Magazine article New Statesman (1996)

Health Check

Magazine article New Statesman (1996)

Health Check

Article excerpt

George Osborne's decision to ring-fence the [pounds sterling]105.9bn National Health Service budget has attracted criticism from figures as diverse as the Tory ex-chancellor Nigel Lawson and the former Labour health secretary Andy Burnham. They argue that the NHS, which accounts for 14.9 per cent of all government spending, should be cut to limit reductions to public services elsewhere. But as the graph (right) shows, Britain continues to spend less than many other developed countries on health care. At 8.7 per cent of GDP, total spending is less than in 19 of the 34 Organisation for Economic Co-operation and Development (OECD) member states, including France, Germany, the United States, Canada, Italy and Spain.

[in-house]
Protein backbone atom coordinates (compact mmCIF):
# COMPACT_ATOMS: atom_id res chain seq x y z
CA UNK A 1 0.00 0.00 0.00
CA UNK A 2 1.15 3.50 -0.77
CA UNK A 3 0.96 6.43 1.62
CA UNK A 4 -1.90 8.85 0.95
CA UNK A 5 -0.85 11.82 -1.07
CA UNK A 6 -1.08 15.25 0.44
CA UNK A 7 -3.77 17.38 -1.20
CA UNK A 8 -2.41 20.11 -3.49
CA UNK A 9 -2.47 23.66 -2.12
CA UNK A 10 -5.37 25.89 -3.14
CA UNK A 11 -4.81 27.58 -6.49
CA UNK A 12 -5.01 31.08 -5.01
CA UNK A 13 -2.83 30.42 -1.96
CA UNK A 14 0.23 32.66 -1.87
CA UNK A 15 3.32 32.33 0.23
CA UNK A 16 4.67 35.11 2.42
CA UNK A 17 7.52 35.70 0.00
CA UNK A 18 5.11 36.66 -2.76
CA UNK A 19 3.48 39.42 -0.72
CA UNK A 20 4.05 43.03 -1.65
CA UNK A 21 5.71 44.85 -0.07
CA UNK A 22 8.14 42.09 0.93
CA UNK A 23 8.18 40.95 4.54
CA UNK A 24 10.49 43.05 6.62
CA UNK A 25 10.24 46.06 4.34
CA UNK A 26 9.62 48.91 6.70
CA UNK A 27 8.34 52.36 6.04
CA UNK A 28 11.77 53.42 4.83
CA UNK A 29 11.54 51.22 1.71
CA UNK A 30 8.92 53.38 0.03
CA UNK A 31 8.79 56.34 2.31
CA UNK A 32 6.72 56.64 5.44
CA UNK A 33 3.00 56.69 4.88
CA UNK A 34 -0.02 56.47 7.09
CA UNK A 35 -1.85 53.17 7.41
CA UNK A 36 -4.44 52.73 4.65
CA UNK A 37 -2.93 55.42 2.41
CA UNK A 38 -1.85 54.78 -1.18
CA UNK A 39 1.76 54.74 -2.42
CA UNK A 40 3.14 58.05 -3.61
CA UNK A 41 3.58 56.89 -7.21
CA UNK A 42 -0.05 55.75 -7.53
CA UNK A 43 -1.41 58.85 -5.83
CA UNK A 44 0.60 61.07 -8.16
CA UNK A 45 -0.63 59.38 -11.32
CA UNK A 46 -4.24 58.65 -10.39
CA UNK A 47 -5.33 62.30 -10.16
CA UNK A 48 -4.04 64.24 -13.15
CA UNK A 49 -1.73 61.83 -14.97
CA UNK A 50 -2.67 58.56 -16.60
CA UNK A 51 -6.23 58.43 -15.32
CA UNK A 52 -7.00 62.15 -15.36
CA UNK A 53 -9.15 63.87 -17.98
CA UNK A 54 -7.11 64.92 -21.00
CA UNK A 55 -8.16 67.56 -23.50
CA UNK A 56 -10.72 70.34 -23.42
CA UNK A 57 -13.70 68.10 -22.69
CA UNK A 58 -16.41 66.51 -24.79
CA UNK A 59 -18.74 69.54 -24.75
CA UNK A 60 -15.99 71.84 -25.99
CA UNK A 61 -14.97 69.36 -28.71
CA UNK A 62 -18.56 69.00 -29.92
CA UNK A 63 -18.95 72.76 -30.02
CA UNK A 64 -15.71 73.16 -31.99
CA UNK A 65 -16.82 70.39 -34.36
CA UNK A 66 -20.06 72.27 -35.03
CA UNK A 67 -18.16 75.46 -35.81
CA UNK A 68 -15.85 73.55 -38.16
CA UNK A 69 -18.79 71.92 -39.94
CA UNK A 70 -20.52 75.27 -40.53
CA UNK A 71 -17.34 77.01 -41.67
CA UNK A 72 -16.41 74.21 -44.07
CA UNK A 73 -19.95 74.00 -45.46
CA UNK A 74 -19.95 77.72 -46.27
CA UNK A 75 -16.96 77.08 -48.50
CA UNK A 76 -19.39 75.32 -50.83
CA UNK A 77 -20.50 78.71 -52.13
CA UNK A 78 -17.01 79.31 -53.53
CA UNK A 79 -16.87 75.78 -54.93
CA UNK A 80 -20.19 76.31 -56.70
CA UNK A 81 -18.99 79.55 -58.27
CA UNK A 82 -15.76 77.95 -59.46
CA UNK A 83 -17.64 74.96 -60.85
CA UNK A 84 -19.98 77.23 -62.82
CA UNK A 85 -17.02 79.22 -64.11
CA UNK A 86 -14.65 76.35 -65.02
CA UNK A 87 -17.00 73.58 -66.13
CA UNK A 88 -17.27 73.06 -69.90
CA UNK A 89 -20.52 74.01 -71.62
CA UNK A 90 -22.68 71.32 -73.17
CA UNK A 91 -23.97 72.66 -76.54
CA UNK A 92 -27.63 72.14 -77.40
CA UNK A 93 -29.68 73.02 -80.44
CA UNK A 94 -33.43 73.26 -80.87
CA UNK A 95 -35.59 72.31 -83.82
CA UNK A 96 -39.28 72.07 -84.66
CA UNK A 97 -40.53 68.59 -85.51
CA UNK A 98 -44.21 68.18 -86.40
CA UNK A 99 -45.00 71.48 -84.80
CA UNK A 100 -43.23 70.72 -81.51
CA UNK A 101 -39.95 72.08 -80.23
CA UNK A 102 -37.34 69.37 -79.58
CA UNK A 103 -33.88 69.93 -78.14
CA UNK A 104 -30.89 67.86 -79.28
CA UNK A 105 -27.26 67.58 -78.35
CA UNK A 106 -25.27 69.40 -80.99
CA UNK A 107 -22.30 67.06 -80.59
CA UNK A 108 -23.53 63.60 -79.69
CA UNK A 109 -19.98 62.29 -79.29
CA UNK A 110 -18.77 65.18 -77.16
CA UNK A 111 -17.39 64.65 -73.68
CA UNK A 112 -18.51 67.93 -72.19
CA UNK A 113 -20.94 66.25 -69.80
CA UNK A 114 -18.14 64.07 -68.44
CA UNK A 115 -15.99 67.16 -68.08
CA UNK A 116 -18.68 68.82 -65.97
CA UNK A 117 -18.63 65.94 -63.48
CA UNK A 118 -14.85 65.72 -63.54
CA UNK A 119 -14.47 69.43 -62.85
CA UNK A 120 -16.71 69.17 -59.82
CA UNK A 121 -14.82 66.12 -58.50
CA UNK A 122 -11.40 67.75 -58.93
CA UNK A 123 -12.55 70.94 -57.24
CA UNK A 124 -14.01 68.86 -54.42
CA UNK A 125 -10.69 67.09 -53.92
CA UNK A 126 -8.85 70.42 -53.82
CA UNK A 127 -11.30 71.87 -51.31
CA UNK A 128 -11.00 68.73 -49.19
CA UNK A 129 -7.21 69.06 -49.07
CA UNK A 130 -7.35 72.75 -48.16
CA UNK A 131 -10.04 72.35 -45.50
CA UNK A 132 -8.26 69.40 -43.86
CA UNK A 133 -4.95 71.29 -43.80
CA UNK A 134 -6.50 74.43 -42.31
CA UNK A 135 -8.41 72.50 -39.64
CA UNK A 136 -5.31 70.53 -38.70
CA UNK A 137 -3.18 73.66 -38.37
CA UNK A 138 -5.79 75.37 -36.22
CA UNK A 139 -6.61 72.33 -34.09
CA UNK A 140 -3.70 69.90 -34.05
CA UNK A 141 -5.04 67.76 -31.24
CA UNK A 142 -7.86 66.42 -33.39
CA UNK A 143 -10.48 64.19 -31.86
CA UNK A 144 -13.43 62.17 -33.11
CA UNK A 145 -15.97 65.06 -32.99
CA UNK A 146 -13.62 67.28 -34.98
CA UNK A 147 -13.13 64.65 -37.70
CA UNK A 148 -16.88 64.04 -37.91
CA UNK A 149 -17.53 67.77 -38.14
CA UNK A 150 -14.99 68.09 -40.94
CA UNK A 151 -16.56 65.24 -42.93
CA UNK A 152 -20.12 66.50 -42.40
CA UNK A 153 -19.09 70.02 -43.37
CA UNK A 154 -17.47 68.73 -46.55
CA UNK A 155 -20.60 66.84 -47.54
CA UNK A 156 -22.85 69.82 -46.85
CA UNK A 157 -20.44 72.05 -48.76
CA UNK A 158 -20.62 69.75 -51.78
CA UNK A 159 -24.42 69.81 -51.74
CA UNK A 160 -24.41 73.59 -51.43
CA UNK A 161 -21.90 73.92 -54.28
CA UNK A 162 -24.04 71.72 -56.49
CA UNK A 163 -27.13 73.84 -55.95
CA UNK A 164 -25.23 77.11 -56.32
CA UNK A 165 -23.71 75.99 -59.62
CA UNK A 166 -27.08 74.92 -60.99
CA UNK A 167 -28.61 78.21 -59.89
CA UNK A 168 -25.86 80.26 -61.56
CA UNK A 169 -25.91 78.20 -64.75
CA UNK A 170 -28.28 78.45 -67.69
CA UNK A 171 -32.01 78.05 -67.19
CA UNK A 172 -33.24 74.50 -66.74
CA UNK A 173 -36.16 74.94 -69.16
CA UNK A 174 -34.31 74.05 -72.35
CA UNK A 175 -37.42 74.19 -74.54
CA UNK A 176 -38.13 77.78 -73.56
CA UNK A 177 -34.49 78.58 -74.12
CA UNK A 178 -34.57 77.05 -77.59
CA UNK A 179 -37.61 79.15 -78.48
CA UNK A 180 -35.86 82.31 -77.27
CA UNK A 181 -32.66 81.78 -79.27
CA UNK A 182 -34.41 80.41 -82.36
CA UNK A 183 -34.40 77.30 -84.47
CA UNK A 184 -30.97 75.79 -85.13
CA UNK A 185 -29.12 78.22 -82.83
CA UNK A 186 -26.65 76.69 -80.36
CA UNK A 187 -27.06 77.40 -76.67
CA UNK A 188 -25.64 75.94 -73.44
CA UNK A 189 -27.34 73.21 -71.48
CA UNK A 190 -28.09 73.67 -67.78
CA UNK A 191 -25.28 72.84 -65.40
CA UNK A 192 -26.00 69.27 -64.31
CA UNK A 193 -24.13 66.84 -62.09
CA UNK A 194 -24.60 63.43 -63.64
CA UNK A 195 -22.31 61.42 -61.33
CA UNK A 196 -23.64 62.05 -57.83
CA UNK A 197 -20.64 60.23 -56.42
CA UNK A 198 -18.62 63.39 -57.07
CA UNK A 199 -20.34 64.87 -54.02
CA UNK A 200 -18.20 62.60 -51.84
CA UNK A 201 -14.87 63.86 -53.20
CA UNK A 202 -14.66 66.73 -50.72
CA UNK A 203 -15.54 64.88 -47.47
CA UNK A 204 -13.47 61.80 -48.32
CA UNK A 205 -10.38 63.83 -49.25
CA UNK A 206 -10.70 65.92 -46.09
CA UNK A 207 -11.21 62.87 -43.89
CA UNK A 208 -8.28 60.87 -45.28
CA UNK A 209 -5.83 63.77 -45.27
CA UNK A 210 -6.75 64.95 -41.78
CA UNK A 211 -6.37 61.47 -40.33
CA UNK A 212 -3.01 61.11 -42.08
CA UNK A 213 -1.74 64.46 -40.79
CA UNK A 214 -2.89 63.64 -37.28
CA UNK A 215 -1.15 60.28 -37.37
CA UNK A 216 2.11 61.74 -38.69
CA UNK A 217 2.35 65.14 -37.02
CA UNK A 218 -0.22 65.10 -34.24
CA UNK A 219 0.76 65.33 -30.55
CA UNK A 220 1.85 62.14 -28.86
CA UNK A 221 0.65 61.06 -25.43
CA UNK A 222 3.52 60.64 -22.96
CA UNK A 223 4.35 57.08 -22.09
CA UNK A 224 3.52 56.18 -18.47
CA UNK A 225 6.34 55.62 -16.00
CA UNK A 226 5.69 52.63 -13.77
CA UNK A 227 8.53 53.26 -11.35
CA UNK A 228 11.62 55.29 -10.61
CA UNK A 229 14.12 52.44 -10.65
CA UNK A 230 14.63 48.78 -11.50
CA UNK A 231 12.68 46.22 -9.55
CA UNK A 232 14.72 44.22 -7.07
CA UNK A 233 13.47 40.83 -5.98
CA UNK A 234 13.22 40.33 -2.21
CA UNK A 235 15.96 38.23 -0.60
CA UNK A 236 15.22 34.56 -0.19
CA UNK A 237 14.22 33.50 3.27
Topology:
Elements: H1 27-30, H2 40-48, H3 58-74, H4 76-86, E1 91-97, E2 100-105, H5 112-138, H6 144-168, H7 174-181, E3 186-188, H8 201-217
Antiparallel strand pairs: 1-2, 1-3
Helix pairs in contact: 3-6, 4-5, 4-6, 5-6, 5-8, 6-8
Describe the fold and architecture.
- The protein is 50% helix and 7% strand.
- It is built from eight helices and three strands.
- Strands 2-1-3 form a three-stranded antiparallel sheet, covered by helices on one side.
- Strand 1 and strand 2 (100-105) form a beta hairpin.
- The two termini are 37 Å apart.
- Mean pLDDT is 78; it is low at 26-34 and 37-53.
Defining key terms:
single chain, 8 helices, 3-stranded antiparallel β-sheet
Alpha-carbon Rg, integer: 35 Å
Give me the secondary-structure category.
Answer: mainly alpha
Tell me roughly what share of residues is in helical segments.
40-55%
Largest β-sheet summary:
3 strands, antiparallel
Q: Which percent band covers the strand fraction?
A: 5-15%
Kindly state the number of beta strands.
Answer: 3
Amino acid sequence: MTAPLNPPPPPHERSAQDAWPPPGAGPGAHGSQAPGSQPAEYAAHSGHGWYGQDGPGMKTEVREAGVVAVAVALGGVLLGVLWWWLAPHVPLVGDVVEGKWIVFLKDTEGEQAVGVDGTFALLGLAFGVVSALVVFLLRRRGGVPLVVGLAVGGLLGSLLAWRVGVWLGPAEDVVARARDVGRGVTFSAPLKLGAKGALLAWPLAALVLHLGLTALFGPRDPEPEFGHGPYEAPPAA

Yet, owing to years of generous spending settlements by New Labour, public expenditure on health care, at 7.2 per cent of GDP, is now above the OECD average of 6.5 per cent. Between 1997 and 2010, NHS spending increased by 5. …

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